Additive Manufacturing Strategies

Antibacterial Properties & Cytocompatibility of EPL in 3D Printed Composite Scaffolds

ST Medical Devices

Share this Article

Chinese researchers continue to study 3D printing materials and structures, releasing their findings in the recently published ‘Study on antibacterial properties and cytocompatibility of EPL coated 3D printed PCL/HA composite scaffolds.’

The study of biocompatible materials and scaffolds suitable for sustaining cells is of enormous interest to researchers around the world as they hope to move forward in tissue engineering—and of course eventually reaching the ultimate goal of 3D printing human organs and one day eliminating waiting lists for transplants. Today, bioprinting has offered strides in creating innovative microenvironments, seeding cells like human dermal fibroblasts, and even fabricating heart tissue in space.

Bone regeneration continues to be an area of challenge overall, but progress is being made with tissue engineering.

“Bone tissue engineering provides a new route for the therapy of bone defects. The scaffolds for bone tissue engineering must have pores interconnected in three dimensions, with highly regular pore formation and structure. The porous structure provides space for cell migration, adhesion, and the ingrowth of new bone tissue. Scaffolds for bone tissue engineering should have reasonable strength and bioactivity, without causing any adverse effects,” explained the researchers.

SEM images: PCL scaffold at 300 μm (a), PCL scaffold at 5 μm (b), PCL/HA scaffold at 300 μm (c), PCL/HA scaffold at 5 μm (d), EPL/PCL/HA scaffold at 300 μm (e), EPL/PCL/HA scaffold at 5 μm (f).

In attempting to create an aseptic environment, the researchers used ε-poly-L-lysine (EPL), an antimicrobic cationic polypeptide for modifying the surfaces of polycaprolactone/hydroxyapatite (PCL/HA) scaffolds. EPL, offering a “wide antimicrobial spectrum,” is already popular for use in food applications, as well as electronics, agriculture, and more; to date, it has not been used with 3D printed PCL/HA scaffolds.

“Microorganisms such as bacteria and fungi do not easily develop resistance to this polypeptide,” stated the researchers.

The mission in this study was to use FDM 3D printing to fabricate scaffolds and then analyze the properties of the ε-poly-lysine/polycaprolactone/hydroxyapatite. The team also examined both biocompatibility and osteoconductivity of the scaffolds.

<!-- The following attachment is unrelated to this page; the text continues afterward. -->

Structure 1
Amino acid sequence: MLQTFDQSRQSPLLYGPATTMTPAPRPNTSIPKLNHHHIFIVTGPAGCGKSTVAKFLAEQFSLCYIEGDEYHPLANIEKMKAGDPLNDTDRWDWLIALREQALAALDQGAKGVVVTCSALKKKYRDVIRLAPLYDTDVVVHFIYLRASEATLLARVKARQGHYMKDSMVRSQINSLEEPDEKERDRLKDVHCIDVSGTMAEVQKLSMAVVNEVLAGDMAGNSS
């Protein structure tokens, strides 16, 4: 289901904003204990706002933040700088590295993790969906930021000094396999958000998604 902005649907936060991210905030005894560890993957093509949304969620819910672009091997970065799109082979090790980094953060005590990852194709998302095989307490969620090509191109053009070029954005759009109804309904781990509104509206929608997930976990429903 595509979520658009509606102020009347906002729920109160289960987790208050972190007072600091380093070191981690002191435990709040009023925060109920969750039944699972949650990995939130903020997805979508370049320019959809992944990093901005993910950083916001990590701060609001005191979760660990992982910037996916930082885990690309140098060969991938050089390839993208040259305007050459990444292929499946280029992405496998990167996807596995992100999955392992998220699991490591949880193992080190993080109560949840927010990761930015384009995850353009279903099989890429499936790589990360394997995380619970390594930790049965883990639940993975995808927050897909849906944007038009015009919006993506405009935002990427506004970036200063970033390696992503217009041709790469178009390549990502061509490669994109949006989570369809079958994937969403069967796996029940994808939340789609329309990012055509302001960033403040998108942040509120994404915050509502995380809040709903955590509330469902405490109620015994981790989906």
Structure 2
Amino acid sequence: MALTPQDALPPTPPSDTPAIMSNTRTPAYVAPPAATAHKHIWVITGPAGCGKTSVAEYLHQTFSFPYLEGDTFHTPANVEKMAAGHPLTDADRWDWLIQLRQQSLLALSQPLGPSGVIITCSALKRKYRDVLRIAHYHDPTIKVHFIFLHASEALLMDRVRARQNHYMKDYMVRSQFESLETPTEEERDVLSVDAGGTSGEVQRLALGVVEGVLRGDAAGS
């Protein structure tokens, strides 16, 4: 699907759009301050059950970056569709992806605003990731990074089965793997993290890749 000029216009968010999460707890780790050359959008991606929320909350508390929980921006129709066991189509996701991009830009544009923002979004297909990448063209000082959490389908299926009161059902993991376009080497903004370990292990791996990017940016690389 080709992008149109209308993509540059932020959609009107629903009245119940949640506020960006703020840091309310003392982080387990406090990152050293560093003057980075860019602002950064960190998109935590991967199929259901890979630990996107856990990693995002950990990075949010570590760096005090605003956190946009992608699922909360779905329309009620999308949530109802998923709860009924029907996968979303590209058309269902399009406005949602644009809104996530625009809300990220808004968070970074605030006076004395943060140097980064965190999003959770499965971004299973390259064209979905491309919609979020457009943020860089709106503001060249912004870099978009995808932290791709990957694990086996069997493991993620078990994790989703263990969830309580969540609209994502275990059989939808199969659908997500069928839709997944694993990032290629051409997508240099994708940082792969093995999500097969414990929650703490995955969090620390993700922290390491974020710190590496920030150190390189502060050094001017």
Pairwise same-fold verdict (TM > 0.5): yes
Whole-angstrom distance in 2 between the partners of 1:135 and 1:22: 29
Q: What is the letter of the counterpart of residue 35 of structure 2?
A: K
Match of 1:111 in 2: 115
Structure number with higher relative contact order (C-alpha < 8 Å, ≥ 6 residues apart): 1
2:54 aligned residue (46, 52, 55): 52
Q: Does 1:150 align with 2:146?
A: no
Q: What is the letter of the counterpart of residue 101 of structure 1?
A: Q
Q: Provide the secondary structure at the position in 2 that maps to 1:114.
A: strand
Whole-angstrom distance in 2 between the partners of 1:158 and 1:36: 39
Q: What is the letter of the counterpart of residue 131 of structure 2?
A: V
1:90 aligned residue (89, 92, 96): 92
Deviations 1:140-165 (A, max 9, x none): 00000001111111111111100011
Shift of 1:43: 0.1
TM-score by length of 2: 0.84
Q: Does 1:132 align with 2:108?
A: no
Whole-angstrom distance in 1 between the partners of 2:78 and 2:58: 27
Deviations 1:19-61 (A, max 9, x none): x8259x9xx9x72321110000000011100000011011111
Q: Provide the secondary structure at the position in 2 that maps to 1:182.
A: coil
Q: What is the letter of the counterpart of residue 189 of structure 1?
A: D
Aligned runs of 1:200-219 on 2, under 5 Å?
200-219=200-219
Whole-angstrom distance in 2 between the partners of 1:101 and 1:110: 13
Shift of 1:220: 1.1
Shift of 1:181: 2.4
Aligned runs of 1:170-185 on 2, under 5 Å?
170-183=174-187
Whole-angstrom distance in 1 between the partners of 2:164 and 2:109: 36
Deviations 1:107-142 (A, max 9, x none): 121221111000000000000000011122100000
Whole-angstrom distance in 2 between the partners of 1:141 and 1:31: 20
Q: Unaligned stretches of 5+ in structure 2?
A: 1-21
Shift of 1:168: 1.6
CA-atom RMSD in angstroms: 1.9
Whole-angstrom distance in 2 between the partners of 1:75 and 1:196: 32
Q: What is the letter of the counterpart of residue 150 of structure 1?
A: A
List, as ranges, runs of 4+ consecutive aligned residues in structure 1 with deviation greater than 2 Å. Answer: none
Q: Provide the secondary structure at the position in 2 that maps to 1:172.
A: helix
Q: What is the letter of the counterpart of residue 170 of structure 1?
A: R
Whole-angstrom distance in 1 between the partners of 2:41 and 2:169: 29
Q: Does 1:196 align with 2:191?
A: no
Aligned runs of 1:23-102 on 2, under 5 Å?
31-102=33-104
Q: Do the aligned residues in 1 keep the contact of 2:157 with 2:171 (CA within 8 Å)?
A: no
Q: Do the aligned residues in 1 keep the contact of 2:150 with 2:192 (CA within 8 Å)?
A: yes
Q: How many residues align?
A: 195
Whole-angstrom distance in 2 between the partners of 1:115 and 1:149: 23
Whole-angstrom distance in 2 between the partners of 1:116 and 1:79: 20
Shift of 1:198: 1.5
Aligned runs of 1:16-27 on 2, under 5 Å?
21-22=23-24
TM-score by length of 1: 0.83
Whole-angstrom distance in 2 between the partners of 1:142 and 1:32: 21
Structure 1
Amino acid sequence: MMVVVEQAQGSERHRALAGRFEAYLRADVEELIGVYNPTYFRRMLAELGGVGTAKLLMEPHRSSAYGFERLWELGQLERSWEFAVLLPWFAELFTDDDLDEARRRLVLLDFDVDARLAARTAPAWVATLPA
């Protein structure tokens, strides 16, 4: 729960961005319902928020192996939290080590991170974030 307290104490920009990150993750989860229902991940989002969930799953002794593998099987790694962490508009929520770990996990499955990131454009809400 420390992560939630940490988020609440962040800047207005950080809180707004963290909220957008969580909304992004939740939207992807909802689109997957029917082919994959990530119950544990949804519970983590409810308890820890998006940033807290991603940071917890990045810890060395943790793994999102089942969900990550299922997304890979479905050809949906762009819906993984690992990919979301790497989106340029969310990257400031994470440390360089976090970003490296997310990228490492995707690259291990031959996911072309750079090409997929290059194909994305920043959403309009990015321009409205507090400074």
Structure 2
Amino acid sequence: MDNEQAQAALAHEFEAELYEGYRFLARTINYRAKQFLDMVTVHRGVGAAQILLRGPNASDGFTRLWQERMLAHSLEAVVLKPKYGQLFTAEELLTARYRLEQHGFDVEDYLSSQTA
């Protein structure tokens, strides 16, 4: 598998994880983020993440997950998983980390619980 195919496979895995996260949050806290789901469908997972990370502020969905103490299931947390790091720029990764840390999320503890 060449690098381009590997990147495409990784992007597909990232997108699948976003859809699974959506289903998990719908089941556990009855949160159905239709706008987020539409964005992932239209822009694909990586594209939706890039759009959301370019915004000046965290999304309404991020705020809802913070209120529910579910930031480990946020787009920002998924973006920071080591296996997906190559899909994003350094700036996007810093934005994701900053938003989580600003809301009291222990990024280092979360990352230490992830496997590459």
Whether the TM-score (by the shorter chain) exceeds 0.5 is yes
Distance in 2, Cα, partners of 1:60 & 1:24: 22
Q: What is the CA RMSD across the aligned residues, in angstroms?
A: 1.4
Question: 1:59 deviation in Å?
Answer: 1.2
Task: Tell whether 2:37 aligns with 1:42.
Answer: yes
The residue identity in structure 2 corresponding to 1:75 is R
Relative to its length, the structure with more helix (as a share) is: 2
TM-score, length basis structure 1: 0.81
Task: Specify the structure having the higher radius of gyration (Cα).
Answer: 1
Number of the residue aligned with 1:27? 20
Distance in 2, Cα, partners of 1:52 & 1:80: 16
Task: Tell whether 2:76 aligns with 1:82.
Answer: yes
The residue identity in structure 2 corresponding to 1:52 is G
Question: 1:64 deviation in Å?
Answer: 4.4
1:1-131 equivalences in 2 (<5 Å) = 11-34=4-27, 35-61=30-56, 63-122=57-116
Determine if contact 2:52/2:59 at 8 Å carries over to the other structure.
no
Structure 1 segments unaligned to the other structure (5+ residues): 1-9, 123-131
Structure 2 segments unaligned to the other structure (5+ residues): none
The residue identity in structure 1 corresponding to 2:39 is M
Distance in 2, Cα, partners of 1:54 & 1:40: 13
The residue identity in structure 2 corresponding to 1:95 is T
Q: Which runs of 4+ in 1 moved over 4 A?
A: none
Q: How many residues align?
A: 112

Antibacterial activity was examined with the ‘zone of inhibition test,’ using the following:

  • aureus(Gram-positive bacteria)
  • coli(Gram-negative bacteria)
  • mutans(oral facultative anaerobic bacteria)

Upon magnifying the scaffolds, the researchers noted that pore sizes were ‘within range’ for suitable bone regeneration—leading to the conclusion that the scaffolds would be able to support the ‘formation and growth of bone.’ Further examination showed that EPL was present in scaffolds and its chemical properties did not change. EPL was found to offer great potential and versatility for improving the scaffolds in the initial stages of bone formation.

Antimicrobial effect of scaffolds on S. aureus (A), E. coli (B) and S. mutans (C); bacteria cultures after 24 hours: PCL scaffolds (Aa, Ba and Ca), PCL/HA scaffolds (Ab, Bb and Cb), EPL/PCL/HA scaffolds (Ac, Bc and Cc); subsequent culture for 3 days: PCL scaffolds (Ad, Bd and Cd), PCL/HA scaffolds (Ae, Be and Ce), EPL/PCL/HA scaffolds (Af, Bf and Cf).

“The created scaffolds were found to be cytocompatible as well as capable of osteogenic differentiation and antimicrobial activity in vitro, which is beneficial not only to bone regeneration, but to reduce or prevent the incidence of the infective complications in reparative bone formation,” concluded the researchers. “Further investigations are needed to determine if the present scaffolds can support functional tissue regeneration in vivo.”

What do you think of this news? Let us know your thoughts! Join the discussion of this and other 3D printing topics at 3DPrintBoard.com.

(A) Stress strain curves of PCL and PCL/HA scaffolds. (B) Compressive modulus of PCL and PCL/HA scaffolds. The data were represented as mean ± standard deviation (SD; n = 5; *p < 0.05).

[Source / Images: ‘Study on antibacterial properties and cytocompatibility of EPL coated 3D printed PCL/HA composite scaffolds’]

Share this Article


Recent News

3D Printing Webinar and Event Roundup: January 23, 2022

3D Printing News Briefs, January 22, 2022: Research, Business, & More



Categories

3D Design

3D Printed Art

3D Printed Food

3D Printed Guns


You May Also Like

3D Printing News Briefs, January 15, 2022: 3D Laser Printing, Housing, & More

We’re starting with some interesting research in 3D Printing News Briefs today, which could help reduce the cost and size of 3D laser printing. Moving on, a cancer patient is...

3D Printed Vaginal Rings Could Treat Bacterial Infections

There are plenty of examples in which 3D printing has been used to develop drug delivery systems, but this research out of Hungary is tackling the issue from a new...

3D Printing News Briefs, January 12, 2022: Rebranding, Bioprinting, & More

First up in today’s 3D Printing News Briefs, Particle3D has gone through a rebrand, and a team of researchers developed a way to 3D print and preserve tissues in below-freezing...

3D Printing News Briefs, January 8, 2021: Business, Doxing, 3D Printed Lights, & More

We’re starting with business in today’s 3D Printing News Briefs, as RadTech announced new board members and Ziggzagg is investing in AM-Flow’s workflow automation technology. Cults3D was recently in hot...


Shop

View our broad assortment of in house and third party products.